So there I was sailing along towards Coos Bay with no engine. Could I cross the bar under sail? Yeah, probably. Would the wind die once I crossed the bar and send me towards the breakers and the rocks? Maybe. Perhaps I’ll try to pull start the engine or crank it to life! After an hour of trying, I realized she was just a little bit too ornery to be started by a mere mortal like myself. “If only I had some solar panels,” I thought. I decided to divert to Winchester Bay on the Umpqua River as that was closer and easier to get to. I hailed the Coast Guard for an update on bar conditions and to ask their opinion on the feasibility of sailing in and anchoring without dashing Rascal to pieces on the rocks. They replied with, “Heck, we’ll just come on out and tow you into the dock!” That sounded a hell of a lot safer than the alternative, so with my hat in my hand, my pride swallowed, and Rascal breathing a sigh of relief, I sailed up to the channel buoys and prepared to be towed by the Coast Guard.
From the middle of the breaking waves of the bar and amidst a thick fog I saw a form begin to emerge. Lo and behold, it was a massive Coast Guard lifeboat. It was probably about 50 feet long, a hulking behemoth of welded aluminum and bombproof hatches and diesel might. They came up alongside me while I dropped sail and they threw me a big, thick towing bridle and in a flash, we were heading up the Umpqua towards Winchester Bay. They had no shortage of throttle to play with and the Rascal really got the ride of her life. She is a displacement hull, so her speed is limited by the wave she makes as she pushes water out of the way and, in theory, her top speed is only about 6.5 knots. With a couple of monster diesel engines pulling me along, however, she got up to 7.9 knots. You could’ve surfed on the wake she was making.
I’m leaving in the morning for Eureka in the lovely, sunny state of California. I expect it will take me a 2-3 days,and the weather looks ideal for trucking my way south (winds of 15-20kts out of the north). Another downwind run sounds great to me. I’ll plan to spend some time working on boat stuff for a day or two and then head down to the coast a little ways to meet up with some friends that’re hiking in that area on the weekend of the 10th. From there, I’ll finish the trek to San Fran and hopefully spend a week hanging out with friends, re-provisioning the boat, and eating as much delicious food as I can get my hands on. If you’re in the bay area and you want to meet up sometime between the 15th and 20th, let me know!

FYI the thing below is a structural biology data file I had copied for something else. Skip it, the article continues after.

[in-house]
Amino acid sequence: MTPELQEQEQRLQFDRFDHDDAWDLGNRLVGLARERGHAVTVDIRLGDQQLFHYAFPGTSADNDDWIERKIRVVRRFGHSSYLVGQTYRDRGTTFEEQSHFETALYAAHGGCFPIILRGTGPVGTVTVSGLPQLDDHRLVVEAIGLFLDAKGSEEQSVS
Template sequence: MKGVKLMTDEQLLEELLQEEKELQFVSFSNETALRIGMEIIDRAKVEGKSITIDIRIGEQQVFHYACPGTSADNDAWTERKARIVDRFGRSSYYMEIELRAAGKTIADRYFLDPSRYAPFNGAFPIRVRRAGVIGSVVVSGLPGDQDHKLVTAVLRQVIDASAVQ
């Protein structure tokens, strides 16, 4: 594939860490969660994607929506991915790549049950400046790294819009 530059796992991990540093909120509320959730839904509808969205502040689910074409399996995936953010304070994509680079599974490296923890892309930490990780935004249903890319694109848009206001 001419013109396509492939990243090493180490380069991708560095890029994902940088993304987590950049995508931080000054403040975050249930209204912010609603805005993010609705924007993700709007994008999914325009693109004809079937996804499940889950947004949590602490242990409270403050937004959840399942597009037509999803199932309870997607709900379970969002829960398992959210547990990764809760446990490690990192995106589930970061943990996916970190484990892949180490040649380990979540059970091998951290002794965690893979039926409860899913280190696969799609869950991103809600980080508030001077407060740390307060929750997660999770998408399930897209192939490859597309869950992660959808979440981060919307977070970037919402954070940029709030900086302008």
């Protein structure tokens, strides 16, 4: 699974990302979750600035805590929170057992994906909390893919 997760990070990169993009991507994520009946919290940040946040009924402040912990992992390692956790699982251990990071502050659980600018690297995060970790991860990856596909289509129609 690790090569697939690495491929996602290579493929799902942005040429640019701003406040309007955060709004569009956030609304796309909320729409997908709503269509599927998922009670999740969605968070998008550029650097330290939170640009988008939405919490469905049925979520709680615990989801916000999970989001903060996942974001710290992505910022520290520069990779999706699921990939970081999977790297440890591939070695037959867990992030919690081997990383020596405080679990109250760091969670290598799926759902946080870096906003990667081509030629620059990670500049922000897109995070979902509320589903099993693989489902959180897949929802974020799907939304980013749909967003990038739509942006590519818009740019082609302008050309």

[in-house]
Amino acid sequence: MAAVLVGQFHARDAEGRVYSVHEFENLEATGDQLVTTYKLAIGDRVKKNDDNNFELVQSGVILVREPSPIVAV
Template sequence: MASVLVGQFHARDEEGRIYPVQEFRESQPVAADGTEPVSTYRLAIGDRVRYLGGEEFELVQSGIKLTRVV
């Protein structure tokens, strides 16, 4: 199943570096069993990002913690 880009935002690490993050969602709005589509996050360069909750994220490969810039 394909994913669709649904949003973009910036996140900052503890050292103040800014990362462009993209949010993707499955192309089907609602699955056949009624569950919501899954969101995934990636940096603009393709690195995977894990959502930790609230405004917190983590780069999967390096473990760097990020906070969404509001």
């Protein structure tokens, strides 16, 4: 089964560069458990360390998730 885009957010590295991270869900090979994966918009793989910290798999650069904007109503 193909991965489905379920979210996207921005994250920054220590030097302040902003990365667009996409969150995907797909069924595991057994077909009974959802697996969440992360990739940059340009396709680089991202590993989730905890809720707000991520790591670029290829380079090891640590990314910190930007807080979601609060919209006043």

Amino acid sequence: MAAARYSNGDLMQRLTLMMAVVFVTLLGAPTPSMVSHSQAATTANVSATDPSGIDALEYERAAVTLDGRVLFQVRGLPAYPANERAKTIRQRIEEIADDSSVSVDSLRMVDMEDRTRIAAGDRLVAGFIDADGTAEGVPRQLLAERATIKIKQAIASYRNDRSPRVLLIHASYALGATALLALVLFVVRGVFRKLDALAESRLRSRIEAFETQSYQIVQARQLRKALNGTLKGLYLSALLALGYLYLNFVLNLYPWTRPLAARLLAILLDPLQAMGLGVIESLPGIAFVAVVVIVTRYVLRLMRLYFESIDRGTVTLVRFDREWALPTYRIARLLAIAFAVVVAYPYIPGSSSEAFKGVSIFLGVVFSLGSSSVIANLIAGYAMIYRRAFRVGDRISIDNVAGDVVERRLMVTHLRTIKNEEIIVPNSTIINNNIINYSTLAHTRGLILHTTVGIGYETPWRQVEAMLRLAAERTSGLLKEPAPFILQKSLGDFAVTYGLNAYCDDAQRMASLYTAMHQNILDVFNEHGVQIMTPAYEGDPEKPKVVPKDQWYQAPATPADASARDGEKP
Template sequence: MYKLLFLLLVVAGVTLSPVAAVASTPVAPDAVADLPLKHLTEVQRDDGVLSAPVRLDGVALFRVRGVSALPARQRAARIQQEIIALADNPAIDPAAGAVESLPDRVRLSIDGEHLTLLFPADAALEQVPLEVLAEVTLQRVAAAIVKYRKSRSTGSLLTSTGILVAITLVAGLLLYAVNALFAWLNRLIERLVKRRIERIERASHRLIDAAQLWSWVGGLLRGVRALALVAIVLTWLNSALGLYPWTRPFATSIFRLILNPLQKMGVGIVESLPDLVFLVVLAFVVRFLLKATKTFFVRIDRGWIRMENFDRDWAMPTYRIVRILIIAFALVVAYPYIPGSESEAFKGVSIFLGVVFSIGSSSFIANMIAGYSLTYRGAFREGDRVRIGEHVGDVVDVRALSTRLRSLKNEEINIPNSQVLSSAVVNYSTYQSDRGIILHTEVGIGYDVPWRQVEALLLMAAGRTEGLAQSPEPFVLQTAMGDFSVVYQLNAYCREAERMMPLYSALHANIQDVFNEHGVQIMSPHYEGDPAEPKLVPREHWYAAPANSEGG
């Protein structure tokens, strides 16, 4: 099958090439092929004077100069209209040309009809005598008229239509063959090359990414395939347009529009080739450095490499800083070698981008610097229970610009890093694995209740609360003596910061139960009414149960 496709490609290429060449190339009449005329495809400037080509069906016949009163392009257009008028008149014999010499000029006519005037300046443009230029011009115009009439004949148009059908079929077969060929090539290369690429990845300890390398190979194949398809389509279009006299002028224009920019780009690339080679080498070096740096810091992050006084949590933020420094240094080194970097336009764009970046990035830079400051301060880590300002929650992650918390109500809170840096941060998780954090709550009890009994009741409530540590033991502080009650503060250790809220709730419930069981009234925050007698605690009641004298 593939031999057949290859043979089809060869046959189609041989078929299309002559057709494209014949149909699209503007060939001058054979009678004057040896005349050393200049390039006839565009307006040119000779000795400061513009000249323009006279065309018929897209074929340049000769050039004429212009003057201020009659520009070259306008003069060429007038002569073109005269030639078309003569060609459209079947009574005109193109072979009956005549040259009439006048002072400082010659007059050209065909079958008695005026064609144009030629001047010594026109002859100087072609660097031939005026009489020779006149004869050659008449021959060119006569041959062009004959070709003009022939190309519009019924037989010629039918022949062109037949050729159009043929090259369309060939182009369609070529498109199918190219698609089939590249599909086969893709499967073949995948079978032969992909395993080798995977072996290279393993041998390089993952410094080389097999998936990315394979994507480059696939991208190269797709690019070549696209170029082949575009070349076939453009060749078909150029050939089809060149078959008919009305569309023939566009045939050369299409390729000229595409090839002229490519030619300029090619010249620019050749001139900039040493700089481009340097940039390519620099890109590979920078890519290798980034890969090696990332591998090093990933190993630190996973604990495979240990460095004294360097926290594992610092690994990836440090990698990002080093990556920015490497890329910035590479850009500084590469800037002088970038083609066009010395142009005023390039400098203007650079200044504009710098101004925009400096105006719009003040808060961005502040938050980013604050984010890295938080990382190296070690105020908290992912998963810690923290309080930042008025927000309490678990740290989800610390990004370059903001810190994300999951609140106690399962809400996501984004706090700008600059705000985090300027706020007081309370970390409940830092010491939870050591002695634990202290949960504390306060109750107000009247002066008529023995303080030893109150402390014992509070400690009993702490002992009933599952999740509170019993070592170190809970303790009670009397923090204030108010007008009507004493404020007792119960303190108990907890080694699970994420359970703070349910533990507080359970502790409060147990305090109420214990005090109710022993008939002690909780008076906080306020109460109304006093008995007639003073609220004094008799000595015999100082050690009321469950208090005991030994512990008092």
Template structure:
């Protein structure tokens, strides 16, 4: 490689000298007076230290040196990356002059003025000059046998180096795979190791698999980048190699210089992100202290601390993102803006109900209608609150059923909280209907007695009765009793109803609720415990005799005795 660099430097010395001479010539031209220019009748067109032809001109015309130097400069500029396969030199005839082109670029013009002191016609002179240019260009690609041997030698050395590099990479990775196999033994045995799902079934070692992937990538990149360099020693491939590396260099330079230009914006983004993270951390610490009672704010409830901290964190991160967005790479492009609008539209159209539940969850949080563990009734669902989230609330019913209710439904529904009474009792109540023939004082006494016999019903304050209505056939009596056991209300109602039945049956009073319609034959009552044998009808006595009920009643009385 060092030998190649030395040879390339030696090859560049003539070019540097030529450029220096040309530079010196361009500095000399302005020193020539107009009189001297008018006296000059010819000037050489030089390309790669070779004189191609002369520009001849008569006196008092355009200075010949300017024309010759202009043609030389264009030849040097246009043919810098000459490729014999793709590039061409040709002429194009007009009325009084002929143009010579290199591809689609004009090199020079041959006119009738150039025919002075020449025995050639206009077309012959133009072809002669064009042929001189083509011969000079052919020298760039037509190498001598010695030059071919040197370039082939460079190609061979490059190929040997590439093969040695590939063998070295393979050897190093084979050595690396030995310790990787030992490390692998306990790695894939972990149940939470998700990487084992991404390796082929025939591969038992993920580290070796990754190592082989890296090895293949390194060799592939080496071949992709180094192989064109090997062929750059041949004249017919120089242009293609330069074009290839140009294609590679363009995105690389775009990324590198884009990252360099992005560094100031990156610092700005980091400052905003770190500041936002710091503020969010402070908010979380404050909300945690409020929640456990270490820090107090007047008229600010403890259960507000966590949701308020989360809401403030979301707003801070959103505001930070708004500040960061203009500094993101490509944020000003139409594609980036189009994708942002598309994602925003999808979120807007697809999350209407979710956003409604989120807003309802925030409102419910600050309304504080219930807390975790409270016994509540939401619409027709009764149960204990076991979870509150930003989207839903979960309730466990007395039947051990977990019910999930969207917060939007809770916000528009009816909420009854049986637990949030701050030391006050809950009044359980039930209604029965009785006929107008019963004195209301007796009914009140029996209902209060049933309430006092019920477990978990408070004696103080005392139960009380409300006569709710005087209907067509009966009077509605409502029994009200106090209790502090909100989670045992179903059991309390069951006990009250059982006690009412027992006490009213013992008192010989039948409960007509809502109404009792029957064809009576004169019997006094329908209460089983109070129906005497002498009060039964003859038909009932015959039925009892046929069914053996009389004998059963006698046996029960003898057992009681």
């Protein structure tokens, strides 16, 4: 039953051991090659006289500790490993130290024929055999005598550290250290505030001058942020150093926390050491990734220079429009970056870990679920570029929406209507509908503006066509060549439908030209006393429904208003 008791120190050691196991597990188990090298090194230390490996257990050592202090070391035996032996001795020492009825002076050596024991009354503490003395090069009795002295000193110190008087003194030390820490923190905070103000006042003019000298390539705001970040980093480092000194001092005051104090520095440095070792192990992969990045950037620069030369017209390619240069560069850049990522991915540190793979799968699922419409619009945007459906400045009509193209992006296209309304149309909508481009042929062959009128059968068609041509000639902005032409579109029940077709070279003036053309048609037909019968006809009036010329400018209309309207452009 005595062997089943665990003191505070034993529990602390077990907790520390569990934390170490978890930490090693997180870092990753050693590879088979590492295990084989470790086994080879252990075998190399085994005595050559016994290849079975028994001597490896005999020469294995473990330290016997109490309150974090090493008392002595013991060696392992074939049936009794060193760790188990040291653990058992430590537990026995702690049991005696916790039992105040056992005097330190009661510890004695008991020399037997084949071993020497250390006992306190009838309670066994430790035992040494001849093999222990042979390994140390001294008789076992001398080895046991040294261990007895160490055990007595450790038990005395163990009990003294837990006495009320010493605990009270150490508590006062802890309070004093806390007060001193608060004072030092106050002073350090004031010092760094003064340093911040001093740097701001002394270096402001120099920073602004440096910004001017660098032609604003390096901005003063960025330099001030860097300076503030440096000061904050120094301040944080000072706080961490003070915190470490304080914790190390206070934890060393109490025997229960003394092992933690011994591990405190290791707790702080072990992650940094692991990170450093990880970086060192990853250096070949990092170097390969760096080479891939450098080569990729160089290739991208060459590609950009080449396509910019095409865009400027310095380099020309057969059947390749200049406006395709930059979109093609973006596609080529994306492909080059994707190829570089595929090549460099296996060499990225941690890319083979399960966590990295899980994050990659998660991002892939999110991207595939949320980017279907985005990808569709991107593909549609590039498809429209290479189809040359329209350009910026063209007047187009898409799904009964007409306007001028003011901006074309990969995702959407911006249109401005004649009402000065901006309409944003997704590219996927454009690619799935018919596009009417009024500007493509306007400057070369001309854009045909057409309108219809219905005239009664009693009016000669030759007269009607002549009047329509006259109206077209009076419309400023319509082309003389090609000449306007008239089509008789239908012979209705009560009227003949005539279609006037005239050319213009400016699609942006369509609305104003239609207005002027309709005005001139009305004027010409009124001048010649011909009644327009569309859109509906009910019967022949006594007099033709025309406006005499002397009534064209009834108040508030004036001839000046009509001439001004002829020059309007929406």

I started this blog to stay in touch with friends and share this adventure as I undertake it. There is something incredibly liberating and energizing about being able to sail alone, but I also really value the friendships and connections I’ve built and I don’t want those to suffer while I’m gone. I want to share this new life of mine with you all! I want to hear from you… and meet up with you along the way… and get suggestions about what to do... and answer your questions! Lots of folks seem to have questions about this voyage and I’m happy to answer them. Sound off in the comments on the bottom of this page and I’ll answer your questions during my next blog post.